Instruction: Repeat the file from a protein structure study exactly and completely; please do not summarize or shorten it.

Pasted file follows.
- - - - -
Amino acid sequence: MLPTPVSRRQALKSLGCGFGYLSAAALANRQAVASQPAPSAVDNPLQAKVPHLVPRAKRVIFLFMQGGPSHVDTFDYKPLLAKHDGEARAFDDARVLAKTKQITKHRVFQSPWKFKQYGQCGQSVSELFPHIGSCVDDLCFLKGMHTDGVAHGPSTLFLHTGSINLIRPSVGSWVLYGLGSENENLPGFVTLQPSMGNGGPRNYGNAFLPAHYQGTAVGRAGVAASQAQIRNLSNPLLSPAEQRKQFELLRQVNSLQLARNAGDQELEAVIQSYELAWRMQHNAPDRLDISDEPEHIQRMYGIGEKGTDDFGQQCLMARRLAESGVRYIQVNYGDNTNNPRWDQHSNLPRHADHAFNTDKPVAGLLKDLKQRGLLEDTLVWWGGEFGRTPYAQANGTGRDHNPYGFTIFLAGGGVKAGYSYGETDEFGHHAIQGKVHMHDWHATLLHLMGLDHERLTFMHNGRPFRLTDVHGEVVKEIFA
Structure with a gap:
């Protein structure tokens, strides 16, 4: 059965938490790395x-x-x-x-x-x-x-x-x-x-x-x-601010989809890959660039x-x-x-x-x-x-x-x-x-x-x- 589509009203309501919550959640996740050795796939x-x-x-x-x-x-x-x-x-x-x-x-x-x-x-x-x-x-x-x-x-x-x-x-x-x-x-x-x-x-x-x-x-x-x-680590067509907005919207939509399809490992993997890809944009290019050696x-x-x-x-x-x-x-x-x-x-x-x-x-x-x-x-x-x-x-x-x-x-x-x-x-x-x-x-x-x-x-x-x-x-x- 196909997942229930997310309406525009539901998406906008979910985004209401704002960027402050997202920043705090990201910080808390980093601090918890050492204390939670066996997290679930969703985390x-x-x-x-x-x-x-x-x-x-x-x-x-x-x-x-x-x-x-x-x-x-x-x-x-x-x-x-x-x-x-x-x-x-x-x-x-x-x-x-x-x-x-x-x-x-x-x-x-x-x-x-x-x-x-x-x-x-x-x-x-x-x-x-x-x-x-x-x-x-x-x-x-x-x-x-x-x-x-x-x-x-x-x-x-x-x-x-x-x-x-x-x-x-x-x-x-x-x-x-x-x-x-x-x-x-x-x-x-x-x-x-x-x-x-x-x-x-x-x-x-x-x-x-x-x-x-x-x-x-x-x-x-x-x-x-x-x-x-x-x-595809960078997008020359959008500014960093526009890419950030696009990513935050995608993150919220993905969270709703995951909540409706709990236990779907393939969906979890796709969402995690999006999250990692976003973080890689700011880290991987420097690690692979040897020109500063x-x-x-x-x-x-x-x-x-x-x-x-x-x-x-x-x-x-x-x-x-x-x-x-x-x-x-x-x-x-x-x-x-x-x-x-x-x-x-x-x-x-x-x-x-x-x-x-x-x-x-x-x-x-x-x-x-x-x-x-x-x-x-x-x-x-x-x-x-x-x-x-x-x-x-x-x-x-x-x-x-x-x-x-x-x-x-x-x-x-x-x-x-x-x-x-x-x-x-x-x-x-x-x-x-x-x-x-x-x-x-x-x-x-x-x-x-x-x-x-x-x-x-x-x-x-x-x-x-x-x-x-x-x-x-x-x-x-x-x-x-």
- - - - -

Amino acid sequence: MLPTPVSRRQALKSLGCGFGYLSAAALANRQAVASQPAPSAVDNPLQAKVPHLVPRAKRVIFLFMQGGPSHVDTFDYKPLLAKHDGEARAFDDARVLAKTKQITKHRVFQSPWKFKQYGQCGQSVSELFPHIGSCVDDLCFLKGMHTDGVAHGPSTLFLHTGSINLIRPSVGSWVLYGLGSENENLPGFVTLQPSMGNGGPRNYGNAFLPAHYQGTAVGRAGVAASQAQIRNLSNPLLSPAEQRKQFELLRQVNSLQLARNAGDQELEAVIQSYELAWRMQHNAPDRLDISDEPEHIQRMYGIGEKGTDDFGQQCLMARRLAESGVRYIQVNYGDNTNNPRWDQHSNLPRHADHAFNTDKPVAGLLKDLKQRGLLEDTLVWWGGEFGRTPYAQANGTGRDHNPYGFTIFLAGGGVKAGYSYGETDEFGHHAIQGKVHMHDWHATLLHLMGLDHERLTFMHNGRPFRLTDVHGEVVKEIFA
Structure with a gap:
């Protein structure tokens, strides 16, 4: 059965938490790395x-x-x-x-x-x-x-x-x-x-x-x-601010989809890959660039x-x-x-x-x-x-x-x-x-x-x- 589509009203309501919550959640996740050795796939x-x-x-x-x-x-x-x-x-x-x-x-x-x-x-x-x-x-x-x-x-x-x-x-x-x-x-x-x-x-x-x-x-x-x-680590067509907005919207939509399809490992993997890809944009290019050696x-x-x-x-x-x-x-x-x-x-x-x-x-x-x-x-x-x-x-x-x-x-x-x-x-x-x-x-x-x-x-x-x-x-x- 196909997942229930997310309406525009539901998406906008979910985004209401704002960027402050997202920043705090990201910080808390980093601090918890050492204390939670066996997290679930969703985390x-x-x-x-x-x-x-x-x-x-x-x-x-x-x-x-x-x-x-x-x-x-x-x-x-x-x-x-x-x-x-x-x-x-x-x-x-x-x-x-x-x-x-x-x-x-x-x-x-x-x-x-x-x-x-x-x-x-x-x-x-x-x-x-x-x-x-x-x-x-x-x-x-x-x-x-x-x-x-x-x-x-x-x-x-x-x-x-x-x-x-x-x-x-x-x-x-x-x-x-x-x-x-x-x-x-x-x-x-x-x-x-x-x-x-x-x-x-x-x-x-x-x-x-x-x-x-x-x-x-x-x-x-x-x-x-x-x-x-x-x-595809960078997008020359959008500014960093526009890419950030696009990513935050995608993150919220993905969270709703995951909540409706709990236990779907393939969906979890796709969402995690999006999250990692976003973080890689700011880290991987420097690690692979040897020109500063x-x-x-x-x-x-x-x-x-x-x-x-x-x-x-x-x-x-x-x-x-x-x-x-x-x-x-x-x-x-x-x-x-x-x-x-x-x-x-x-x-x-x-x-x-x-x-x-x-x-x-x-x-x-x-x-x-x-x-x-x-x-x-x-x-x-x-x-x-x-x-x-x-x-x-x-x-x-x-x-x-x-x-x-x-x-x-x-x-x-x-x-x-x-x-x-x-x-x-x-x-x-x-x-x-x-x-x-x-x-x-x-x-x-x-x-x-x-x-x-x-x-x-x-x-x-x-x-x-x-x-x-x-x-x-x-x-x-x-x-x-």